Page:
Canada’s residential housing sector is landing safely after a wild ride over the past three years, Toronto-Dominion Bank said in a report on Thursday.
Looking ahead, the economics unit of Canada's No. 2 bank said it expects improved home sales and a higher average price next year, largely because housing affordability will likely be extended as uncertainty lingers about the global economy. http://www.bnn.ca/News/2010/12/9/Housing-prices-to-rise-TD.aspx
The media and some analysts remain glued to the idea that the Canadian housing market is a bubble ready to implode à la the U.S., Ireland, Britain, and Spain, where prices have dropped 22% on average. The latest concerns were fanned by an article in The Economist that suggests the Canadian market is 24% overvalued based on a comparison of prices and rent. Rent captures the stream of income derived from housing, and thus, in theory, is an appropriate valuation metric. However, in practice, it is important to note that statistical agencies often have difficulty measuring effective rents. Moreover, the downward trend in interest rates in the past three decades would normally favour ownership over renting and, hence, encourage a higher price-to-rent ratio today than in the past (Chart 1). Perhaps for these reasons, of the 20 countries reviewed by The Economist, the median overvaluation was 20%, and only four countries were overvalued by less than 10%, casting some doubt on the appropriateness of this metric. http://www.bmonesbittburns.com/economics/focus/recent/101105doc.pdf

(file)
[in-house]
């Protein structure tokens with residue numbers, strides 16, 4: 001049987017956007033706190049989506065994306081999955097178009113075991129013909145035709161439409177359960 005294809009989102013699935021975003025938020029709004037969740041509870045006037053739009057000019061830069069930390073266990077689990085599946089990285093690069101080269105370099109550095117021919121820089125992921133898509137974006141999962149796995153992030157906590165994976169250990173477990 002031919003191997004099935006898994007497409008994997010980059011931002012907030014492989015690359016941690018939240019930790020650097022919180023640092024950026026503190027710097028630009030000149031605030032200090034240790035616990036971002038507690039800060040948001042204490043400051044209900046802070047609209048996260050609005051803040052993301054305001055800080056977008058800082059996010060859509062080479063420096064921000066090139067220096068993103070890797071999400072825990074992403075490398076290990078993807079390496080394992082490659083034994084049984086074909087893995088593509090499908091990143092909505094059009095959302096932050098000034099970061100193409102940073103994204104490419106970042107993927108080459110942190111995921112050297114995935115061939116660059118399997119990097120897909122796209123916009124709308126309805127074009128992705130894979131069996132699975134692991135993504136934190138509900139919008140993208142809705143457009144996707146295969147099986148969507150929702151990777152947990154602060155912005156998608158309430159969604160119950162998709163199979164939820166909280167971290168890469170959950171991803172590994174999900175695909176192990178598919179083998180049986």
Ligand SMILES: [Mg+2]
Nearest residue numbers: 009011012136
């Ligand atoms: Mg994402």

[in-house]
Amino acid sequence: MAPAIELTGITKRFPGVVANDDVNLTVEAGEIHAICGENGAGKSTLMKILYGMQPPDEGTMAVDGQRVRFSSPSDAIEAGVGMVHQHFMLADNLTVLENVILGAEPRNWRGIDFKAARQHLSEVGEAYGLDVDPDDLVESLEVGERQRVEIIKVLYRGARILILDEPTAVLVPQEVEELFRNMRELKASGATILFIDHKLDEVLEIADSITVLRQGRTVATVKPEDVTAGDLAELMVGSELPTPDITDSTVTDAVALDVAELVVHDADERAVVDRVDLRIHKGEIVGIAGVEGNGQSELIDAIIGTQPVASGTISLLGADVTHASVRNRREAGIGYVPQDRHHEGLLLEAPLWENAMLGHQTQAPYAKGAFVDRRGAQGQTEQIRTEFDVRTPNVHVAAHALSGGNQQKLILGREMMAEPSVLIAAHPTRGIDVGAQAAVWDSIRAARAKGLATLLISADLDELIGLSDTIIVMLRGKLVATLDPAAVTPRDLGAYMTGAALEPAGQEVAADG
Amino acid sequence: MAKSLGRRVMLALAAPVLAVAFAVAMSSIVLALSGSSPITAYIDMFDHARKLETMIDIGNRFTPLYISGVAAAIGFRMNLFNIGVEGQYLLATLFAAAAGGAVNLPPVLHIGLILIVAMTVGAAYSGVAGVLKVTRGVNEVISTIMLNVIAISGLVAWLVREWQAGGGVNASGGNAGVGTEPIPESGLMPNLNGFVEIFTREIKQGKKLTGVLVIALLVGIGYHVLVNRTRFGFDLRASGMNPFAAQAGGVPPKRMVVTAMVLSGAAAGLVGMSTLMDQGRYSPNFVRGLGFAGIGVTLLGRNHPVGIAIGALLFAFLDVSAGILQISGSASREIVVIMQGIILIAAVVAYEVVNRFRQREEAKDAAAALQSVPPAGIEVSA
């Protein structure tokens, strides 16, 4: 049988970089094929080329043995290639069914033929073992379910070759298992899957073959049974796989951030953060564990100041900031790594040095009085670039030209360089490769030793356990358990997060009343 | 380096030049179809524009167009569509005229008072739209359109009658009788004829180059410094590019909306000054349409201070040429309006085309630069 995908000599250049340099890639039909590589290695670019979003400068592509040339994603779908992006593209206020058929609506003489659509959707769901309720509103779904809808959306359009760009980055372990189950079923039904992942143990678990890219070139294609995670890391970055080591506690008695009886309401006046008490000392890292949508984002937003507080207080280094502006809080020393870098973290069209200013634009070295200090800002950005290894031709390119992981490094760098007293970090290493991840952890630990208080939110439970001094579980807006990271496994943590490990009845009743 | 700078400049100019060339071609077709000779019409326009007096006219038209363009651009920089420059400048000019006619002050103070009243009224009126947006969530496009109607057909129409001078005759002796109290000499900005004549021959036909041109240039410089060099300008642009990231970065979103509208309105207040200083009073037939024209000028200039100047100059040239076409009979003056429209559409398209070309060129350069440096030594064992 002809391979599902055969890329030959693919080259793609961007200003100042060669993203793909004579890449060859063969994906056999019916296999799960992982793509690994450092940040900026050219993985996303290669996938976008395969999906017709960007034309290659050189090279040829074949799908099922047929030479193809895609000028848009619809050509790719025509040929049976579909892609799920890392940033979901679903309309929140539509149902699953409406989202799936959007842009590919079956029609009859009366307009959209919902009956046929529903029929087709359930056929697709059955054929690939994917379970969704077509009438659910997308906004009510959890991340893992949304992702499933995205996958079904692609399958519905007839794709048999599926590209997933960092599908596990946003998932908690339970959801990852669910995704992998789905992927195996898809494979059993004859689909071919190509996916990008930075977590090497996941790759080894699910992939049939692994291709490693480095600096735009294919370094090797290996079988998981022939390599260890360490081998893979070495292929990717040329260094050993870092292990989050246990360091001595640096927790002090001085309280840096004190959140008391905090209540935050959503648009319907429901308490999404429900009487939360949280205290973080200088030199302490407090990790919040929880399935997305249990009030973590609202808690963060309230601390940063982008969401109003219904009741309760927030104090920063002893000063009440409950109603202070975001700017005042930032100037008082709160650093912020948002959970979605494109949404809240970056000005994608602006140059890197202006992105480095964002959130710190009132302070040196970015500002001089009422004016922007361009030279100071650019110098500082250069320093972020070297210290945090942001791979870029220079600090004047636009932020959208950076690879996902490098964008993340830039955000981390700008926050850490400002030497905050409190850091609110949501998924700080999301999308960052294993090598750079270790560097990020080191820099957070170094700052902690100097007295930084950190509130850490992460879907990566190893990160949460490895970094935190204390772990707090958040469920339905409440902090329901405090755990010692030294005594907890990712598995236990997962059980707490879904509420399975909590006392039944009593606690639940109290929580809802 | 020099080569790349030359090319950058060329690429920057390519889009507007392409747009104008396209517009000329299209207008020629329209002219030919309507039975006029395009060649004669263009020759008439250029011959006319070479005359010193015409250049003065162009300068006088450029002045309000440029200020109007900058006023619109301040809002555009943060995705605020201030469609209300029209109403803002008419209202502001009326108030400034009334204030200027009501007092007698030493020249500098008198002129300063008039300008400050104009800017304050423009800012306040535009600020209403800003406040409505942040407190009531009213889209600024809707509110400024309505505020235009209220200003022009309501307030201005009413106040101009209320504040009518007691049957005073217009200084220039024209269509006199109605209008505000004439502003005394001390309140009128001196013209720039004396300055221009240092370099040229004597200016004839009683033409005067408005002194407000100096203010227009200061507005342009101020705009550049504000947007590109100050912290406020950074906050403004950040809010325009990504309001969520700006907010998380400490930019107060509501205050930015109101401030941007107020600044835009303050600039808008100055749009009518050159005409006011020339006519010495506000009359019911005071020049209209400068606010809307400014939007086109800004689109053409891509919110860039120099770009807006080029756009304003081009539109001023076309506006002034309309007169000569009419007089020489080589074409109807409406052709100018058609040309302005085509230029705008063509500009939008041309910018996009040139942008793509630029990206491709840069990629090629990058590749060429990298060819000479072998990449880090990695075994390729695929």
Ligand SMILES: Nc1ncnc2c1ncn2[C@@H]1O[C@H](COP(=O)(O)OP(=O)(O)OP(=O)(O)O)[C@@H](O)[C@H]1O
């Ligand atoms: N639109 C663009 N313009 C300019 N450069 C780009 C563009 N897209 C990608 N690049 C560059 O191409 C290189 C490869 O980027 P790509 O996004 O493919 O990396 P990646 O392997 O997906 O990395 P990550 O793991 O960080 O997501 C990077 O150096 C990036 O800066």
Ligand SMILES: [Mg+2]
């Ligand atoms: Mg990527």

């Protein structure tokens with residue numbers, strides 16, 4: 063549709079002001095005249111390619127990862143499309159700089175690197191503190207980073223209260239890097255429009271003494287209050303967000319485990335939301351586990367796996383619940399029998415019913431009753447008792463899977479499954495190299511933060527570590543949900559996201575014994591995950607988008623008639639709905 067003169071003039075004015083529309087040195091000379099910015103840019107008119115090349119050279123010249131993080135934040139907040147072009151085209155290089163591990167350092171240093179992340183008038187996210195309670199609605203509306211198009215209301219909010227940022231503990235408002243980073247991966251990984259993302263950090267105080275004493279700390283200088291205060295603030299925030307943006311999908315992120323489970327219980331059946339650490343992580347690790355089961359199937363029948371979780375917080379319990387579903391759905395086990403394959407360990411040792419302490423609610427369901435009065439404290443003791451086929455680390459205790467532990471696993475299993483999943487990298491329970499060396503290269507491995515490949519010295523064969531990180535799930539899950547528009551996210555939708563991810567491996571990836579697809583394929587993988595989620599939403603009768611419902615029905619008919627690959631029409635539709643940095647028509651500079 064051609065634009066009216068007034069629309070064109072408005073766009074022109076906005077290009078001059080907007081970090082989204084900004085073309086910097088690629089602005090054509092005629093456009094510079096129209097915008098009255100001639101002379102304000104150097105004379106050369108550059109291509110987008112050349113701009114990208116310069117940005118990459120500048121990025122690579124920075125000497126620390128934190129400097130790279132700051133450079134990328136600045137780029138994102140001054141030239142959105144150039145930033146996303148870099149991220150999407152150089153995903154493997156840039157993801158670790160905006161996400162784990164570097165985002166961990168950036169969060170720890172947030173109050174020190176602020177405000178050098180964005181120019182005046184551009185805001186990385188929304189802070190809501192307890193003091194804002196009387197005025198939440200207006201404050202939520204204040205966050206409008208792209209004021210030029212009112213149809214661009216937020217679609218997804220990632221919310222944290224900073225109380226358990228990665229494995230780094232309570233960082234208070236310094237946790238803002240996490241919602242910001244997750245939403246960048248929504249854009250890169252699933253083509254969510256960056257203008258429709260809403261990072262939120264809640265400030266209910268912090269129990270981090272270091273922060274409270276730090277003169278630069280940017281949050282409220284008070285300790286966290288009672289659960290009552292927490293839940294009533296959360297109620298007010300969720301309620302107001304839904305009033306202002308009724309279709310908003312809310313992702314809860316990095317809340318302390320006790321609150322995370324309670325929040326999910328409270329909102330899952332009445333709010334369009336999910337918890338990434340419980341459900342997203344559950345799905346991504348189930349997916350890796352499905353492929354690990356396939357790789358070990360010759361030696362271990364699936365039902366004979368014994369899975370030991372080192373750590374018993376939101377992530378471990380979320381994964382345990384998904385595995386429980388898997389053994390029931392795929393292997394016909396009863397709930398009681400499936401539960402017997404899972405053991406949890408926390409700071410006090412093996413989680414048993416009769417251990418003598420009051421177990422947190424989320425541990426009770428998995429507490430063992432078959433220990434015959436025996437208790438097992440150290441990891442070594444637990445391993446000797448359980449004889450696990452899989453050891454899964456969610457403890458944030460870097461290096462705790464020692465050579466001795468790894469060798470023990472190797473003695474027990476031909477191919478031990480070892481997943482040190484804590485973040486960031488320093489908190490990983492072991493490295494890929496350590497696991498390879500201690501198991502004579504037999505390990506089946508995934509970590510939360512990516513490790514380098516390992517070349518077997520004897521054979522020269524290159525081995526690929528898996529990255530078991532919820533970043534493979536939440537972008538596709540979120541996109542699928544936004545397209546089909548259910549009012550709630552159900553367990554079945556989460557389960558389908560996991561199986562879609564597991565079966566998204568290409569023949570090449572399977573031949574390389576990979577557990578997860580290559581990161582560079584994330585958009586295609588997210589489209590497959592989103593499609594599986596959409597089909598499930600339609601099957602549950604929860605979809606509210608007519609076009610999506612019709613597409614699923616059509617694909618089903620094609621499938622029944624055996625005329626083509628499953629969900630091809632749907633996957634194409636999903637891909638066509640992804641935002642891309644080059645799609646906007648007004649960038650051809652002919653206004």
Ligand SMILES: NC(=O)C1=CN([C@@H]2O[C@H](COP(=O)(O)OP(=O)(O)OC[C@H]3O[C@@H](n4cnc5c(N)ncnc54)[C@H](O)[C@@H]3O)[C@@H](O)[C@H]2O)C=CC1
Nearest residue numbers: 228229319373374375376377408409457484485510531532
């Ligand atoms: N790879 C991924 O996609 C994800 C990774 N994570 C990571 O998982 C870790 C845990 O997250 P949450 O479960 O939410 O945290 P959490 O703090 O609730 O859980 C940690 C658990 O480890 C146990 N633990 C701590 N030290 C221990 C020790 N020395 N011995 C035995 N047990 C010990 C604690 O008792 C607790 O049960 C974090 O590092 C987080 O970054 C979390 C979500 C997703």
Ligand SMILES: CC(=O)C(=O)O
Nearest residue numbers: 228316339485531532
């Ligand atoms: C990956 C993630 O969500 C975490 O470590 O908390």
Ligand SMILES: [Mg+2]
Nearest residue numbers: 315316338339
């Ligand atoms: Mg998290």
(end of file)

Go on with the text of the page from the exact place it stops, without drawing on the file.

So let us turn our attention to Toronto Real Estate;
Although this is a bit slower than last year, these are very strong numbers. The number of homes for sale has dropped dramatically and we’re down to only 15,K units right now. In the GTA as a whole, we currently have less than 2 ½ month’s supply of homes for sale. This is still considered a “Seller’s Market”.